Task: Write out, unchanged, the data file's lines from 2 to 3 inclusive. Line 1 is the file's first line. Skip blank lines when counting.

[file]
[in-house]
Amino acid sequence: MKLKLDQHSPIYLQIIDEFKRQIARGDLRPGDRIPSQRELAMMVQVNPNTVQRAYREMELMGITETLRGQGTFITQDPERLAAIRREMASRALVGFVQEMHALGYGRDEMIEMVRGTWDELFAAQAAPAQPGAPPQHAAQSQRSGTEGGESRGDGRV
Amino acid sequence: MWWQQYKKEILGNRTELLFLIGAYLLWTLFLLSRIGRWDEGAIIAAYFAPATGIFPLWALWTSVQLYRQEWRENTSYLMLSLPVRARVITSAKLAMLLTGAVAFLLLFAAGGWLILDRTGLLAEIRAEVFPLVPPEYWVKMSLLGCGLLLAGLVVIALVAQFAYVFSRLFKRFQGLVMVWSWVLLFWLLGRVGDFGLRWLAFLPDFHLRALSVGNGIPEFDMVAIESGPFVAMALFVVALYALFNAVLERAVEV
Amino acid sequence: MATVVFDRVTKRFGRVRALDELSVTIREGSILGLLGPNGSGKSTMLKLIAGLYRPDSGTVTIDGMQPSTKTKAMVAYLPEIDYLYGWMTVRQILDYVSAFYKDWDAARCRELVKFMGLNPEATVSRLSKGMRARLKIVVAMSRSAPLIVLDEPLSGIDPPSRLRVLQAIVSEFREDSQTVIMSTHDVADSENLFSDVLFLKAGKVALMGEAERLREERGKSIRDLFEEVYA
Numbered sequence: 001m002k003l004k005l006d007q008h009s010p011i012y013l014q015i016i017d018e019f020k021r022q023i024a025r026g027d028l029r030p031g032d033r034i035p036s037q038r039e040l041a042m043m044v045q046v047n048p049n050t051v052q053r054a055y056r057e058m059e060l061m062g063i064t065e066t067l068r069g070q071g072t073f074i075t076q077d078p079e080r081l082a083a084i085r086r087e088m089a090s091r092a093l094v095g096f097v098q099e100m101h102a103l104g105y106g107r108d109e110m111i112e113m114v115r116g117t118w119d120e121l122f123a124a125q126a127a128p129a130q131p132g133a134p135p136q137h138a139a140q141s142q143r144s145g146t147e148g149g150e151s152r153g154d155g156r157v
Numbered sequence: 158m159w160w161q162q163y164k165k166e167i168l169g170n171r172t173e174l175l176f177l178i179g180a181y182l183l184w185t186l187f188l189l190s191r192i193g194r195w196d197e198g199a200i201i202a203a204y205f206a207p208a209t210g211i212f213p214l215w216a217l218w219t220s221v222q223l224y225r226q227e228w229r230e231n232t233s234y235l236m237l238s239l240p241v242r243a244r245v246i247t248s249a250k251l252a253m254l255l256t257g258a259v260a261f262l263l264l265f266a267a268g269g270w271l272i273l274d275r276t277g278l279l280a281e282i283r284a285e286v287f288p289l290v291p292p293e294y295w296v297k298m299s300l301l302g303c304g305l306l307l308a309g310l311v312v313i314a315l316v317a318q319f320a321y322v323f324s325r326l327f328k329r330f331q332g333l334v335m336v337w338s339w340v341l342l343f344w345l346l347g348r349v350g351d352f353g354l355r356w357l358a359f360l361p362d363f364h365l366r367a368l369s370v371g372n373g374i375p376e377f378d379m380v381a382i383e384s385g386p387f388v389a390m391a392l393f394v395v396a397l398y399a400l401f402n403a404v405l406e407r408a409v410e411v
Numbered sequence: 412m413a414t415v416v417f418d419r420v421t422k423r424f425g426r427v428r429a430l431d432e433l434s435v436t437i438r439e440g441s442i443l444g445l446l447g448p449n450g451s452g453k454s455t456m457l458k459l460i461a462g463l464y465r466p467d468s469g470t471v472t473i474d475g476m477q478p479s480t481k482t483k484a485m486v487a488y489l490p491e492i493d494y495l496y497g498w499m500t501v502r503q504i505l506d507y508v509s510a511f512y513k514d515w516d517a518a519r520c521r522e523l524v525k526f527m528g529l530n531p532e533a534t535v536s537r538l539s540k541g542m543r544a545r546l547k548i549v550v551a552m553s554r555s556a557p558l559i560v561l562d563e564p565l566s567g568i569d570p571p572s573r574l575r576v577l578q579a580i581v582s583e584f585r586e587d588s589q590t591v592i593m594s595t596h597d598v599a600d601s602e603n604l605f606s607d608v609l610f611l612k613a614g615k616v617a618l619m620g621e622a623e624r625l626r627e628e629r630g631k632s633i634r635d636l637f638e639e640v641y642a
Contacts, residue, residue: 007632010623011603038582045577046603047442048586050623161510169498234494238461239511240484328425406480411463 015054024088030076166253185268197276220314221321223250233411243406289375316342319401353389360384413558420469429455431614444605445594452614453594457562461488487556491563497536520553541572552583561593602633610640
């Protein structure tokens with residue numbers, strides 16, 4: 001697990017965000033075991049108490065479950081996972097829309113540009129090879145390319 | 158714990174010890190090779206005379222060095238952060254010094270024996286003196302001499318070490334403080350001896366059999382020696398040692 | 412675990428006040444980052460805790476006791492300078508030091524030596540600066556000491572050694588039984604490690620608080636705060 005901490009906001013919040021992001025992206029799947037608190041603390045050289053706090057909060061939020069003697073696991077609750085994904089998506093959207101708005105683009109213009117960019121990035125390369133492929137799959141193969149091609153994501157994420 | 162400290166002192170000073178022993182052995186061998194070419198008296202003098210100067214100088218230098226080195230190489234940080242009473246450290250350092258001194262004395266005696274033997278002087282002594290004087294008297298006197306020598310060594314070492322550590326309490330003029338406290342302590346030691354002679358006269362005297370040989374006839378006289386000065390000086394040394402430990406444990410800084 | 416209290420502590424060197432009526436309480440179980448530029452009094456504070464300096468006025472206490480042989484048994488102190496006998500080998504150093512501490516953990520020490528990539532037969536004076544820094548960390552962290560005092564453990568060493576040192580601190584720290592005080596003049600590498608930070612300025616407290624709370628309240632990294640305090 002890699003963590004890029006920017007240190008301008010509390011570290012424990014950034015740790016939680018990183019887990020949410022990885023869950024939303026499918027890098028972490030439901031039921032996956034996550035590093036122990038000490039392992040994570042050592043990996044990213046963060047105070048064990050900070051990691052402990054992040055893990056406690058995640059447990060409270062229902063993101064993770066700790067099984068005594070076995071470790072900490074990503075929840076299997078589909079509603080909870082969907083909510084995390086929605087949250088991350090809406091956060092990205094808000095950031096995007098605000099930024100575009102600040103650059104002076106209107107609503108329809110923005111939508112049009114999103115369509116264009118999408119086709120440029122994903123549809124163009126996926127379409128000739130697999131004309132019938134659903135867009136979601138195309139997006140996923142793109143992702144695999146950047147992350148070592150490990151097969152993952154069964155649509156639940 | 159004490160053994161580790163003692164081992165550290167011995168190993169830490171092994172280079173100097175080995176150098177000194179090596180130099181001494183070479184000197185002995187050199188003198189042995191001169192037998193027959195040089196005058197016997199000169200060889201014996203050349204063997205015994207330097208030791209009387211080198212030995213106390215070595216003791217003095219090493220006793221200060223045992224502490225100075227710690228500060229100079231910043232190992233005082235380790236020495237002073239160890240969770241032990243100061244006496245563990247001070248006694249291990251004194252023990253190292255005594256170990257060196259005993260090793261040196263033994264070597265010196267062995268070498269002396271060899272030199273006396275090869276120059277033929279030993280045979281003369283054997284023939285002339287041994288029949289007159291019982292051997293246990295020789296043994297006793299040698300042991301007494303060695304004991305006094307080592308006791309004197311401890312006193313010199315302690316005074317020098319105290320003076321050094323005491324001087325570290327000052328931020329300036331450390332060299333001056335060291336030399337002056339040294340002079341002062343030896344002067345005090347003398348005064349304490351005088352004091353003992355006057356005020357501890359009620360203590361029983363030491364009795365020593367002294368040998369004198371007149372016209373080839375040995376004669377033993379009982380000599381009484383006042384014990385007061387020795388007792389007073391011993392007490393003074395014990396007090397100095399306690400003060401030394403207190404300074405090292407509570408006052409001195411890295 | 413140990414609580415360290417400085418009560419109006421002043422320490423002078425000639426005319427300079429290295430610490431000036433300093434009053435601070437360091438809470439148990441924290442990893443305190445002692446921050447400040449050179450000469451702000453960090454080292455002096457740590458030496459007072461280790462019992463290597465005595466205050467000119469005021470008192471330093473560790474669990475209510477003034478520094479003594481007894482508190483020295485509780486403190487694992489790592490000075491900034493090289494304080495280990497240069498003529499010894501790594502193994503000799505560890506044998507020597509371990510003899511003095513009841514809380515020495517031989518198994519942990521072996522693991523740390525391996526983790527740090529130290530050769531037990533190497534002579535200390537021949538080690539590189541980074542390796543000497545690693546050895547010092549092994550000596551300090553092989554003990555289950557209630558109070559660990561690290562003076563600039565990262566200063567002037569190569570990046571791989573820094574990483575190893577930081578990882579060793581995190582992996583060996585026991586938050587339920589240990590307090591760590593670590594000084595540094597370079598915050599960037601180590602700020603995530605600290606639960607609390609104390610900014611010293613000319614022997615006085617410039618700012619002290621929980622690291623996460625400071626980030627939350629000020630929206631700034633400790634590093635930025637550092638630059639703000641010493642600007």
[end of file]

Amino acid sequence: MKLKLDQHSPIYLQIIDEFKRQIARGDLRPGDRIPSQRELAMMVQVNPNTVQRAYREMELMGITETLRGQGTFITQDPERLAAIRREMASRALVGFVQEMHALGYGRDEMIEMVRGTWDELFAAQAAPAQPGAPPQHAAQSQRSGTEGGESRGDGRV
Amino acid sequence: MWWQQYKKEILGNRTELLFLIGAYLLWTLFLLSRIGRWDEGAIIAAYFAPATGIFPLWALWTSVQLYRQEWRENTSYLMLSLPVRARVITSAKLAMLLTGAVAFLLLFAAGGWLILDRTGLLAEIRAEVFPLVPPEYWVKMSLLGCGLLLAGLVVIALVAQFAYVFSRLFKRFQGLVMVWSWVLLFWLLGRVGDFGLRWLAFLPDFHLRALSVGNGIPEFDMVAIESGPFVAMALFVVALYALFNAVLERAVEV